The authors of the Tri-State Fertilizer Recommendations for Corn, Soybeans, Wheat, and Alfalfa include Steve Culman, Anthony Fulford, James Camberato, Kurt Steinke, Laura Lindsey, Greg LaBarge, Harold Watters, Ed Lentz, Ryan Haden, Eric Richer, Bethany Herman, Nicole Hoekstra, Peter Thomison, Rich Minyo, Anne Dorrance, Jeff Rutan, Darryl Warncke, Cassandra Brown
In our windshield scouting of soybeans this year we have seen a lot of weedfree fields. This makes sense given the shift toward Xtend, LibertyLink, LLGT27, and Enlist soybeans over the past several years, which provides us with effective POST options for our major weed problems – common and giant ragweed, marestail, and waterhemp (now if we could just get rid of the baggage some of these traits carry). We are however getting manyreports of late-season waterhemp as it grows through the soybeans and becomes evident. This also makes sense given that statewide we are in the midst of an overa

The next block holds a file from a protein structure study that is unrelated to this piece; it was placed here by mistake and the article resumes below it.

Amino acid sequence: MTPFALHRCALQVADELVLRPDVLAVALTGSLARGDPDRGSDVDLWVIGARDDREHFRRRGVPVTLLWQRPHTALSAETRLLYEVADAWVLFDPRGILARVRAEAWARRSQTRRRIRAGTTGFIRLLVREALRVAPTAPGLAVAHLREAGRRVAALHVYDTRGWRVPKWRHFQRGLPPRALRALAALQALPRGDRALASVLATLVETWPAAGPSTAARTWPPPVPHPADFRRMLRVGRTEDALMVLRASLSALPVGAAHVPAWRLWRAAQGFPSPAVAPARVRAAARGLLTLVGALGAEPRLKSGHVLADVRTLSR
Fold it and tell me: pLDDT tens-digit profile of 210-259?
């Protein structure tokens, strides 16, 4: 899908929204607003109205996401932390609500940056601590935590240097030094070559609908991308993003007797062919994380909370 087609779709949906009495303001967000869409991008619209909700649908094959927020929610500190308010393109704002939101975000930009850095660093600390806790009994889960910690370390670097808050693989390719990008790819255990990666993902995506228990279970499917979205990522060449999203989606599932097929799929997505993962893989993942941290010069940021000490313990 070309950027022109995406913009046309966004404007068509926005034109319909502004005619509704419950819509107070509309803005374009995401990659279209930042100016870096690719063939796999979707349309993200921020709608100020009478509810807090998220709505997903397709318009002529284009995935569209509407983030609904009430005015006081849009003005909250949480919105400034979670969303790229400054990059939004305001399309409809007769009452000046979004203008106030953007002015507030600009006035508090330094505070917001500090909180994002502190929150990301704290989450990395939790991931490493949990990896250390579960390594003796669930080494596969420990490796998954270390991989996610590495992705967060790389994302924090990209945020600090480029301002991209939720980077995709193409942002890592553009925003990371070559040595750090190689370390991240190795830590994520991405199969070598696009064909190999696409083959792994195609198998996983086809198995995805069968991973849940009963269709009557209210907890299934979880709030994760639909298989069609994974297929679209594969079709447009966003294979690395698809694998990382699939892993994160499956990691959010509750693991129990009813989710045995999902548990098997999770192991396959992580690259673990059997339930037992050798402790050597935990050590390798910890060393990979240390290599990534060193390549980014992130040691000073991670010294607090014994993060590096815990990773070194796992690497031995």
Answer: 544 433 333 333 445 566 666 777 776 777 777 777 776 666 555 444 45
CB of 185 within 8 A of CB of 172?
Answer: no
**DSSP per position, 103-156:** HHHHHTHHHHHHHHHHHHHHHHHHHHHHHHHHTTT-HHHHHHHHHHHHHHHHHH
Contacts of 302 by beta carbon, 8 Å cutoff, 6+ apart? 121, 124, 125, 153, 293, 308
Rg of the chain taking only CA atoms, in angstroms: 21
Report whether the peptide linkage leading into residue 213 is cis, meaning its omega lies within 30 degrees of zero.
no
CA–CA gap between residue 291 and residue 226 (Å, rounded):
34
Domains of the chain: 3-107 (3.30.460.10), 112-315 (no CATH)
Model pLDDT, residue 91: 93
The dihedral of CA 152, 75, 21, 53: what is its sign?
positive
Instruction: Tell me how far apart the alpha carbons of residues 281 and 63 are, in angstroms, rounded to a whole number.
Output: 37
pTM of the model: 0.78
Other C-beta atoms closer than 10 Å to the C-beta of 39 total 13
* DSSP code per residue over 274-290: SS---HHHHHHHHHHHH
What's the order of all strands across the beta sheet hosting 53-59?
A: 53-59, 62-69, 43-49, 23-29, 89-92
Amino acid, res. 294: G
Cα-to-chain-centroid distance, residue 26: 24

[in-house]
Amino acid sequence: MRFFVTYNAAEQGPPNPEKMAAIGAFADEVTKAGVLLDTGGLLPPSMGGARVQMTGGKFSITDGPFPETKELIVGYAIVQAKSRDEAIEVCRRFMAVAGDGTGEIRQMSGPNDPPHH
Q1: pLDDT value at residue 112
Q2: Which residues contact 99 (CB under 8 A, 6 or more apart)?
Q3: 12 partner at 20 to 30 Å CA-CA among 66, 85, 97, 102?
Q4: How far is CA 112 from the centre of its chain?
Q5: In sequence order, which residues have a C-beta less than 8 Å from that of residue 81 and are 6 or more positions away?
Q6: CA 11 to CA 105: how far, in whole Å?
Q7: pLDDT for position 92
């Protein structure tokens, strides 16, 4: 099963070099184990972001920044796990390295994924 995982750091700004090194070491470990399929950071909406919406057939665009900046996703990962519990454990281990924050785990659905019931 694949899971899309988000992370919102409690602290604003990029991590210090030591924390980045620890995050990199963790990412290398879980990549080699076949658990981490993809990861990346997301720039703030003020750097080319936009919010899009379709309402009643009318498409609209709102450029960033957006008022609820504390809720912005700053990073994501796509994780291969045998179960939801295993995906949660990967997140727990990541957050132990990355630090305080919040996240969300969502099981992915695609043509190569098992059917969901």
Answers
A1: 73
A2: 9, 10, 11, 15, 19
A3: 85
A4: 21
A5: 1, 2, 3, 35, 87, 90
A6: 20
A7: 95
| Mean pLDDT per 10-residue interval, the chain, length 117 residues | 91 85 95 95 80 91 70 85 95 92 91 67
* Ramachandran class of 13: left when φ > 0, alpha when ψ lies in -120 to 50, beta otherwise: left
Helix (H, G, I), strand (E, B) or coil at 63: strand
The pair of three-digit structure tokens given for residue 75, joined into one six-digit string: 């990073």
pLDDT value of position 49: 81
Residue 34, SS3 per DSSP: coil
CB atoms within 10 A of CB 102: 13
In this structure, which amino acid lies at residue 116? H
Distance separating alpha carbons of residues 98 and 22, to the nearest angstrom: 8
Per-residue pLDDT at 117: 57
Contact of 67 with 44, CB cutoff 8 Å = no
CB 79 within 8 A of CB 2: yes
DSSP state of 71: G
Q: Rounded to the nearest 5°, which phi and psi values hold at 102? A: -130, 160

Stockpiles of poultry litter can be seen in farm fields across Ohio. While common each year in wheat stubble fields, there also many stockpiles in soybean fields. Poultry litter is an excellent source of plant nutrients and readily available in most parts of the state.
Western bean cutworm (WBC) trap counts for the week of August 3 – August 9 continue to decrease in the majority of monitoring counties. Trap counts indicated only one county, Lake, had an average of 7 or more moths, suggesting scouting is necessary. Overall, a total of 26 counties monitored 89 traps, resulting in 111 WBC adults (a statewide average of 1.2 moths per trap) (Figure 1). Monitoring for WBC moths will continue in many counties until the end of August.